Amazon has a wrong ciphersuite order which would break HTTP/2 sooner: https://www.hardenize.com/report/amazon.com#www_tls
If bug 1121706 would be backed out and a user disabled security.ssl3.ecdhe_rsa_aes_128_gcm_sha256, ECDHE-RSA-AES128-SHA might be negotiated and could cause INADEQUATE_SECURITY. It would be a worse user experience, as least users would know how to  resolve the problem by setting other prefs. You want to avoid this for understandable reasons. The correct fix should be done server-side.
(In reply to Nicholas Hurley [:nwgh][:hurley] from comment #5)
> (In reply to Jan Andre Ikenmeyer [:darkspirit] from comment #4)
> > (In reply to Nicholas Hurley [:nwgh][:hurley] from comment #3)
> > > Does it mean (1) we MUST offer the mandatory suite if we're offering TLS 1.2 at all, or (2) we MUST offer the mandatory suite *only if* we're not offering anything newer than TLS 1.2?
> > 
> > Firefox must support the mandatory suite for TLS 1.2.
> 
> My question was rhetorical (and your answer provides no clarity, it just restates what the spec says).

(1) and (2) contains "MUST offer" and that's not what the spec says. I should have written: "Neither: Firefox must support the mandatory suite for TLS 1.2."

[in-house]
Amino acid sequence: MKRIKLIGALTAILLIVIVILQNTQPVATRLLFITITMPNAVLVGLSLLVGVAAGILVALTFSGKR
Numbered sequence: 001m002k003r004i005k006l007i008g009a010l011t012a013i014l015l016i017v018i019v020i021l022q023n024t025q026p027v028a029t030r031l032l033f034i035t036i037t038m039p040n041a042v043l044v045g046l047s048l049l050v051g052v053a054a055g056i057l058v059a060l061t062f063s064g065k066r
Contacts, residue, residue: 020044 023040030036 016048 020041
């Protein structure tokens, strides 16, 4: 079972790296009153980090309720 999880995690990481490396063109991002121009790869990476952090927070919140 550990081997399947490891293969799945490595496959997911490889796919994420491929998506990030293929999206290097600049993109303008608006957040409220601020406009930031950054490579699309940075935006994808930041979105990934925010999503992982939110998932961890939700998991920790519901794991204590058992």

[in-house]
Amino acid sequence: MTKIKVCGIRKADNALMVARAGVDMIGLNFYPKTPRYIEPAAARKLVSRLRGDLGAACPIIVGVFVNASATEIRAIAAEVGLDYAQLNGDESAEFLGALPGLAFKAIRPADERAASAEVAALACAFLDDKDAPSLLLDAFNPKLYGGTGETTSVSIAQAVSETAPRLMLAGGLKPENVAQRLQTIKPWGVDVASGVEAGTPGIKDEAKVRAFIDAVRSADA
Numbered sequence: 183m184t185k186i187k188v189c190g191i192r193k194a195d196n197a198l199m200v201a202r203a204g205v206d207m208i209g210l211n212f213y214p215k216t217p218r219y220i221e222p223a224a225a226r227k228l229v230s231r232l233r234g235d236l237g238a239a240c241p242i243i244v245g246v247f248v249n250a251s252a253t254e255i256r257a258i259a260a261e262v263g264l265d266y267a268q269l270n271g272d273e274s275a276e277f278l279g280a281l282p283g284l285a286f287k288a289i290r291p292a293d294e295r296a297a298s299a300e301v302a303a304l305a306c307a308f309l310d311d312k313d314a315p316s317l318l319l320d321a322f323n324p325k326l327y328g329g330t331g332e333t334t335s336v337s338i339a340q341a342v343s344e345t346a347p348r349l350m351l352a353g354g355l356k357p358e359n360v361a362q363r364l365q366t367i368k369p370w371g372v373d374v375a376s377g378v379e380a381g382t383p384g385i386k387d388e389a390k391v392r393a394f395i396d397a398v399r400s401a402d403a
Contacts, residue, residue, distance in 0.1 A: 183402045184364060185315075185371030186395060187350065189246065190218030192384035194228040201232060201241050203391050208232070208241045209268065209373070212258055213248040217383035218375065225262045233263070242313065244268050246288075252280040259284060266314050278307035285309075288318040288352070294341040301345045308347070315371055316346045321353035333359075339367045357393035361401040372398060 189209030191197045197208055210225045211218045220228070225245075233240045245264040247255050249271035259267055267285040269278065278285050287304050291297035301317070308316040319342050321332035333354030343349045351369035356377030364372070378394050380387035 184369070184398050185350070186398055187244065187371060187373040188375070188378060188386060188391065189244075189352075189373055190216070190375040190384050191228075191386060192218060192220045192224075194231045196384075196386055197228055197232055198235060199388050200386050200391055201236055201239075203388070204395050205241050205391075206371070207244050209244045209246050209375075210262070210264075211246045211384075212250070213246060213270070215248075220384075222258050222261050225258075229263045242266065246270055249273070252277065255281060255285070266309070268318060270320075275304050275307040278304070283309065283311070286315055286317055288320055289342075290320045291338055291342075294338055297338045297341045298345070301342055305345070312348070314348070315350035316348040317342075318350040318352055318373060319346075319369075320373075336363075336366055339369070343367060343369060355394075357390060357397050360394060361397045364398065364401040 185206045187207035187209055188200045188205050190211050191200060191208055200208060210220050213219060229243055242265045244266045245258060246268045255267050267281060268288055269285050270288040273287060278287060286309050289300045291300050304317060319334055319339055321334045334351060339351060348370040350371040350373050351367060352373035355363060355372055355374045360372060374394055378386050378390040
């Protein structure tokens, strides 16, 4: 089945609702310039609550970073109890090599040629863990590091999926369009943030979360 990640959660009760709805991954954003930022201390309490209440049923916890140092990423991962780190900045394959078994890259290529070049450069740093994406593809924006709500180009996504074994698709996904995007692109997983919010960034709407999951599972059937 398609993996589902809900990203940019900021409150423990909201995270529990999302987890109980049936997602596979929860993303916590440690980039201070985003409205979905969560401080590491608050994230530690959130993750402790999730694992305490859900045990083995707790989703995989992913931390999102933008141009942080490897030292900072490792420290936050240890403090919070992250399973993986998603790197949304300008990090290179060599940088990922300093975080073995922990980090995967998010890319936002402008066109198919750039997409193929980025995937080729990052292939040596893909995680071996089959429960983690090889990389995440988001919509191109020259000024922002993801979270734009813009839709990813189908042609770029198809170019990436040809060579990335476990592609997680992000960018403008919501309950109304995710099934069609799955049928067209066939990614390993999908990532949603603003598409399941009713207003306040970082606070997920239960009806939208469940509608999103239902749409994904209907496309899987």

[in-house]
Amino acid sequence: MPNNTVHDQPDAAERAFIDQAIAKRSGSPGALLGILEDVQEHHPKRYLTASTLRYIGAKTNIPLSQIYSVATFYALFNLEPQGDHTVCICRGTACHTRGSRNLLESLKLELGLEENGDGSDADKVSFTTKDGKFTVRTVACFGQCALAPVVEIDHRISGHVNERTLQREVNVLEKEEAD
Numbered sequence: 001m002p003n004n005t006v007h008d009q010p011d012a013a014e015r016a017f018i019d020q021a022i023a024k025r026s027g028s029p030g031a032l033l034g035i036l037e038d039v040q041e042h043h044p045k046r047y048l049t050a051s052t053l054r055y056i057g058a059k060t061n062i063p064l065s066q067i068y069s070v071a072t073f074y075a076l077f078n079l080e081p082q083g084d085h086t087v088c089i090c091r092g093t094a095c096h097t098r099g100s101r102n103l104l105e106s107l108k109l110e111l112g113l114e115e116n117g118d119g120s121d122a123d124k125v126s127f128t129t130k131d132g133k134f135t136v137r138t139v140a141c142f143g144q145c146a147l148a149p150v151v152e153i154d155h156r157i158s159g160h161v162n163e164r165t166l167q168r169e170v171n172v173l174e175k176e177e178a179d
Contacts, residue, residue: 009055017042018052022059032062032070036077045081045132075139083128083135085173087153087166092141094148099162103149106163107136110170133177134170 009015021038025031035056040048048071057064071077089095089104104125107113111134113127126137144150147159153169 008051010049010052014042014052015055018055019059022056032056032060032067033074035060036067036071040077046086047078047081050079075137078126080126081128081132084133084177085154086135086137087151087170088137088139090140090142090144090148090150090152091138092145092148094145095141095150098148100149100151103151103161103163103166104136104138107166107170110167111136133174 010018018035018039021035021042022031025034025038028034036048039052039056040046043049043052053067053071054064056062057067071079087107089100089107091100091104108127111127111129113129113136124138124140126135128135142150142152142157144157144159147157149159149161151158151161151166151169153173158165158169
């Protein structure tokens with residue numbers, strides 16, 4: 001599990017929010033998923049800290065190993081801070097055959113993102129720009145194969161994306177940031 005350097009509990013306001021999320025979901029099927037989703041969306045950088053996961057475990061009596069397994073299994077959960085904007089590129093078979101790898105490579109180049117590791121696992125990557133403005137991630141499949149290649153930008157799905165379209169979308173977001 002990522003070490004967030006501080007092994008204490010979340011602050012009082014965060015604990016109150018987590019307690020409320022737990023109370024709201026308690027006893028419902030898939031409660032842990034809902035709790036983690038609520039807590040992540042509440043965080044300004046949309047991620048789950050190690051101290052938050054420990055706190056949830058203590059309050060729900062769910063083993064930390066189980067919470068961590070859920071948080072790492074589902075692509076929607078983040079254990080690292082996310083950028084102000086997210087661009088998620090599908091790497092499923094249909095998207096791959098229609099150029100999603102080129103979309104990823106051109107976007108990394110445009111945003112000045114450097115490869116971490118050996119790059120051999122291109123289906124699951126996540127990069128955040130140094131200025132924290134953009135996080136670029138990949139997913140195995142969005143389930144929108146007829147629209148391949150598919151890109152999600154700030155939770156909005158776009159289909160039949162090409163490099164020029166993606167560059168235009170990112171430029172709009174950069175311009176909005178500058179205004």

---

Chrome Dev 70 is spec-compliant:
google-chrome-unstable --cipher-suite-blacklist=0xc02f https://www.amazon.com/ https://www.ssllabs.com/ssltest/viewMyClient.html
=> ERR_SPDY_INADEQUATE_TRANSPORT_SECURITY

https://www.hardenize.com/report/amazon.com#www_tls
Amazon is not spec-compliant by accepting h2 even a blacklisted ciphersuite has been negotiated. They should fix their ciphersuite order or a client who disabled ECDHE-RSA-AES128-GCM-SHA256 has to disable ECDHE-RSA-AES128-SHA256 as well to be able to connect to them:
google-chrome-unstable --cipher-suite-blacklist=0xc02f,0xc013 https://www.amazon.com/ https://www.ssllabs.com/ssltest/viewMyClienhtml
=> TLS 1.2 + ECDHE-RSA-AES256-GCM-SHA384 + HTTP/2
> has to disable ECDHE-RSA-AES128-SHA256 as well
Sorry, I meant ECDHE-RSA-AES128-SHA.
Now, experiencing Chrome's behavior which is spec-compliant and makes incentives to re-enable modern ciphersuites I have to come back to comment 0. At the moment there is no option to just have http/2 for some modern TLS configurations like it is possible with Chrome.

(In reply to Nicholas Hurley [:nwgh][:hurley] from comment #5)
> I'll also note that it's entirely legit for an implementation to be more restrictive in when it will offer h2 - offering a protocol for selection is entirely at the mercy of the client. If we felt like it, we could only offer h2 on Tuesdays in an October with 5 Sundays that also happens in a leap year, so long as we meet all the other requirements of the spec. (The fact that h2 is preffable in Firefox is a more realistic example of this.)

Your comment implies that hundreds of users might have disabled security.ssl3.ecdhe_rsa_aes_128_gcm_sha256. Especially those users who disabled *all* ECDHE ciphersuites because of mistrusting NSA curves are mostly using plain RSA on the web which is a privacy problem.